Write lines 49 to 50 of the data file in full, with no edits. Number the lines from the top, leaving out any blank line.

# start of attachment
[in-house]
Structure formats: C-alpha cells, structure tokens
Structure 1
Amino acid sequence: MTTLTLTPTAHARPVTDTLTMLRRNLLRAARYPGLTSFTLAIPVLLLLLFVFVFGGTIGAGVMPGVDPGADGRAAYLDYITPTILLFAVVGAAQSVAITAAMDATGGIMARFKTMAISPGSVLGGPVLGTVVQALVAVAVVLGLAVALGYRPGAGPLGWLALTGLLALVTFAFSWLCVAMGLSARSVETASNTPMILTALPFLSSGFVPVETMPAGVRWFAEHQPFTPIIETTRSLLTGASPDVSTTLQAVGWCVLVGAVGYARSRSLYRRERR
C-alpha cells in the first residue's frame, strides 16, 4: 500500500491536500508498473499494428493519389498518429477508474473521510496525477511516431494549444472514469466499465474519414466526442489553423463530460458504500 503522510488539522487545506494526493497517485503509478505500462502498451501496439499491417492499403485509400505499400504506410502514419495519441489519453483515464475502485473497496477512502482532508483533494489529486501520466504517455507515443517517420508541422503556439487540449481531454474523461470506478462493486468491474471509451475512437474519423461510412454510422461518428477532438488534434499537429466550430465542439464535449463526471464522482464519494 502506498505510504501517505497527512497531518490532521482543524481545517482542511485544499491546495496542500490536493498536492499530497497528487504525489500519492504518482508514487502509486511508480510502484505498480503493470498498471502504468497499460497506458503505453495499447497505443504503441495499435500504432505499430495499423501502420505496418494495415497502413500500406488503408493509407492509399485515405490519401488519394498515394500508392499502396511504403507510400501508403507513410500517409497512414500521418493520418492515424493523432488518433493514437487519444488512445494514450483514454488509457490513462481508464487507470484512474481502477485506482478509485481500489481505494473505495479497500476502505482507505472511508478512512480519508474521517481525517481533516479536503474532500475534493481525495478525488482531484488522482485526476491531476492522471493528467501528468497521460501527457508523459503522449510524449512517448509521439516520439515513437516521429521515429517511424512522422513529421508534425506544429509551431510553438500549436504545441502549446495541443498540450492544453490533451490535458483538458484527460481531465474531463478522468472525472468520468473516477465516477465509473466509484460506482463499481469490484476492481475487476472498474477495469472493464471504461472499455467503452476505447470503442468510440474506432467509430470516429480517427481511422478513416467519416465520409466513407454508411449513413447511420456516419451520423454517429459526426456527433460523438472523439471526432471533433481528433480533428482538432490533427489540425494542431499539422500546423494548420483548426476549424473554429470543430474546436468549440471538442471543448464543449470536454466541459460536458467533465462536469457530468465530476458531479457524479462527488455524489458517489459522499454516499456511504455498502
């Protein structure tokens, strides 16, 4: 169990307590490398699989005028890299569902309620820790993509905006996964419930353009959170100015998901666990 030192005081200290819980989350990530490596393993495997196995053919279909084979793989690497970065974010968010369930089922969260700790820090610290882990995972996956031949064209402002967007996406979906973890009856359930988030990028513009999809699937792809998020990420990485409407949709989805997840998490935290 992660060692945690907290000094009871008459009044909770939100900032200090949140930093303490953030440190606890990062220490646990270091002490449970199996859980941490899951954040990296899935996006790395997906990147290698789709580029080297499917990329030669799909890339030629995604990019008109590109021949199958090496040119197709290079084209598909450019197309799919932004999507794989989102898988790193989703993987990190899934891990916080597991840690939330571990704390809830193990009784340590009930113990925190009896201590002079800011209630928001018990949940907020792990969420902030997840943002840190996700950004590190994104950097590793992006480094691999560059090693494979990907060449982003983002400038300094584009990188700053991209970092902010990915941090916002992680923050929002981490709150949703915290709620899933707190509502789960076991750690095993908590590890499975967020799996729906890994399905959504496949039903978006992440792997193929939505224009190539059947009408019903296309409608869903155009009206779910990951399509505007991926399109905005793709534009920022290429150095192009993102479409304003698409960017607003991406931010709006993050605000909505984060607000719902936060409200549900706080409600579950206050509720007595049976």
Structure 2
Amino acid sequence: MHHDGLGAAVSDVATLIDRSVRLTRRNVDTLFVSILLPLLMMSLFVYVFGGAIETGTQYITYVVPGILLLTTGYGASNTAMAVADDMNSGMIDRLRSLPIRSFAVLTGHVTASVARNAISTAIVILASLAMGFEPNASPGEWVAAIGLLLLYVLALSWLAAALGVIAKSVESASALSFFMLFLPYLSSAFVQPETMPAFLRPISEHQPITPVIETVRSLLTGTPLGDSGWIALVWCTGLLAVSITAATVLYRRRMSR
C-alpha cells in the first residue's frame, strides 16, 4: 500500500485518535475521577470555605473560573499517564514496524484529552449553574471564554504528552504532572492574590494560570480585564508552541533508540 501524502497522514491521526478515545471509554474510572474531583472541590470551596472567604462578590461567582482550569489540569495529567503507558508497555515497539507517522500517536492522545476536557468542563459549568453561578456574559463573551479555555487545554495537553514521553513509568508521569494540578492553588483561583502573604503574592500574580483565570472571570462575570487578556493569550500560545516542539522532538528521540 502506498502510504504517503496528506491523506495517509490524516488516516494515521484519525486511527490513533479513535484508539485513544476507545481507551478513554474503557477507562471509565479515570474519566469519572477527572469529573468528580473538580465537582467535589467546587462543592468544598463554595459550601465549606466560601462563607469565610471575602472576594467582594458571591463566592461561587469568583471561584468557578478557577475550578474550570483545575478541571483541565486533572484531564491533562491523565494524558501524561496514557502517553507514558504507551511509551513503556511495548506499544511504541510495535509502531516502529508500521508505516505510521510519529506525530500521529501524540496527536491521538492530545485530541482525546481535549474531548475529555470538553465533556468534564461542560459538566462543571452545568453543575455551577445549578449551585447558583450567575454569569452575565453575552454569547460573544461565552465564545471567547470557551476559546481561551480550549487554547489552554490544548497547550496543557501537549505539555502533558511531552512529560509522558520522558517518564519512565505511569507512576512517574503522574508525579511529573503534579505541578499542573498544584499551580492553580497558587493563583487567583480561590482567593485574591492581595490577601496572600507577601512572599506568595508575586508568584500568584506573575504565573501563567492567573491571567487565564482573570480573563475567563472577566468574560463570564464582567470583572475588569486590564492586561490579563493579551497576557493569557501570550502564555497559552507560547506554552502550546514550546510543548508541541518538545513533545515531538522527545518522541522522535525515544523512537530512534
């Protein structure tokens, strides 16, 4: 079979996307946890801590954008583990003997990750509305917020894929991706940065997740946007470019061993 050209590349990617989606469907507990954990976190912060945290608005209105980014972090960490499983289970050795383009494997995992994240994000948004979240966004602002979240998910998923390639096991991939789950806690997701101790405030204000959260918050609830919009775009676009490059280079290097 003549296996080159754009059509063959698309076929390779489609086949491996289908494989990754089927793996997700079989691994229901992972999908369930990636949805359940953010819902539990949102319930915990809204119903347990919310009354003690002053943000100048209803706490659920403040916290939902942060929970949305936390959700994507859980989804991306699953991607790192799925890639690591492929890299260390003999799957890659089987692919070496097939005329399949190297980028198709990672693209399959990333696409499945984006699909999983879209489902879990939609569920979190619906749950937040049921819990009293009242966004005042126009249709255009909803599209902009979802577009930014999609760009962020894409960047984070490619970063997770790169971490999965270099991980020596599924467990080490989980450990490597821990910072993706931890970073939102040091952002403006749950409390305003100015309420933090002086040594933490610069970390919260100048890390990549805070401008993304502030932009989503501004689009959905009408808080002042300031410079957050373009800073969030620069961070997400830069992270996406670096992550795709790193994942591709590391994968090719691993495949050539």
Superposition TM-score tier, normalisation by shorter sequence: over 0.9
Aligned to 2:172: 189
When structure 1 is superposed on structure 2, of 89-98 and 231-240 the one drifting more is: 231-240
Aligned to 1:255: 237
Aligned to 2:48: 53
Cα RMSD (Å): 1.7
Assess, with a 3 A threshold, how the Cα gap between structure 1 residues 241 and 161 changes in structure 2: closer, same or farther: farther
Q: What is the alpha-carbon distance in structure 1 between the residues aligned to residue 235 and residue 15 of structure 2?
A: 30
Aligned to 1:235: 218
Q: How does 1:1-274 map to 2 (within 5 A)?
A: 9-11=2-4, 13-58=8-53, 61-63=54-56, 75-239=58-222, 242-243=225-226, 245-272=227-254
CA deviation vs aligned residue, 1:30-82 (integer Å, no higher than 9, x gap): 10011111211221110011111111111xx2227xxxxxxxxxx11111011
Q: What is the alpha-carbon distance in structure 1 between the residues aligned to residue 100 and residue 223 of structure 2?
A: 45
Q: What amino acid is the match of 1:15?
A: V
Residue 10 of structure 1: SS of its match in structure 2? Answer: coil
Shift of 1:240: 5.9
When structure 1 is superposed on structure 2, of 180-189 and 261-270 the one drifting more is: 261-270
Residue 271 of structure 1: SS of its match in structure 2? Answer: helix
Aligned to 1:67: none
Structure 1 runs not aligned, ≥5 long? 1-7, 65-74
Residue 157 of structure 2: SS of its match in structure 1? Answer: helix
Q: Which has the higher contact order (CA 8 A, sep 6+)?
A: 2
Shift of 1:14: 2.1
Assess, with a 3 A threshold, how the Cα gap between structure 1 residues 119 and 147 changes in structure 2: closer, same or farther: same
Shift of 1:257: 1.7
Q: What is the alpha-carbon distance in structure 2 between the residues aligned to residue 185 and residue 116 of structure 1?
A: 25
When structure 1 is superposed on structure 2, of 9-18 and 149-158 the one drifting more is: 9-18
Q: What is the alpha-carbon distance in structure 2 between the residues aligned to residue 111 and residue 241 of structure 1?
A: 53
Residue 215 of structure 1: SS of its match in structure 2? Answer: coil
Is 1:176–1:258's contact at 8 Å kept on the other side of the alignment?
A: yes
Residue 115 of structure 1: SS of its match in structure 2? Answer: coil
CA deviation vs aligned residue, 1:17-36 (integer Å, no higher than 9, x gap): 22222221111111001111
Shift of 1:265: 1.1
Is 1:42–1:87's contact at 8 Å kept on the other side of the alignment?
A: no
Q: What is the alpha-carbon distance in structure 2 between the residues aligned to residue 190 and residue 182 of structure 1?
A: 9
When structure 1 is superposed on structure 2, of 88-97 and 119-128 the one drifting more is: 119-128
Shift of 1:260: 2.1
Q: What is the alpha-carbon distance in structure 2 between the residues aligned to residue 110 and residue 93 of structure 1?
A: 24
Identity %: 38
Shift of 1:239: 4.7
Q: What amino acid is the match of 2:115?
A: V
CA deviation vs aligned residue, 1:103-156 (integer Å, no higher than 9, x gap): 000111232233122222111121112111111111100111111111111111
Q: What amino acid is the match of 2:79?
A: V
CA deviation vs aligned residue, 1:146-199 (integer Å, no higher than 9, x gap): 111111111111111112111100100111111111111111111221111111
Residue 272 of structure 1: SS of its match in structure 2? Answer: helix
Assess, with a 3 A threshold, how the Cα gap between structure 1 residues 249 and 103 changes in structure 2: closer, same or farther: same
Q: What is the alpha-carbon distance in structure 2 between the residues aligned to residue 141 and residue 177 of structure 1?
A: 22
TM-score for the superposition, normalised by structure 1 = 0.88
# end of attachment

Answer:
CA deviation vs aligned residue, 1:17-36 (integer Å, no higher than 9, x gap): 22222221111111001111
Shift of 1:265: 1.1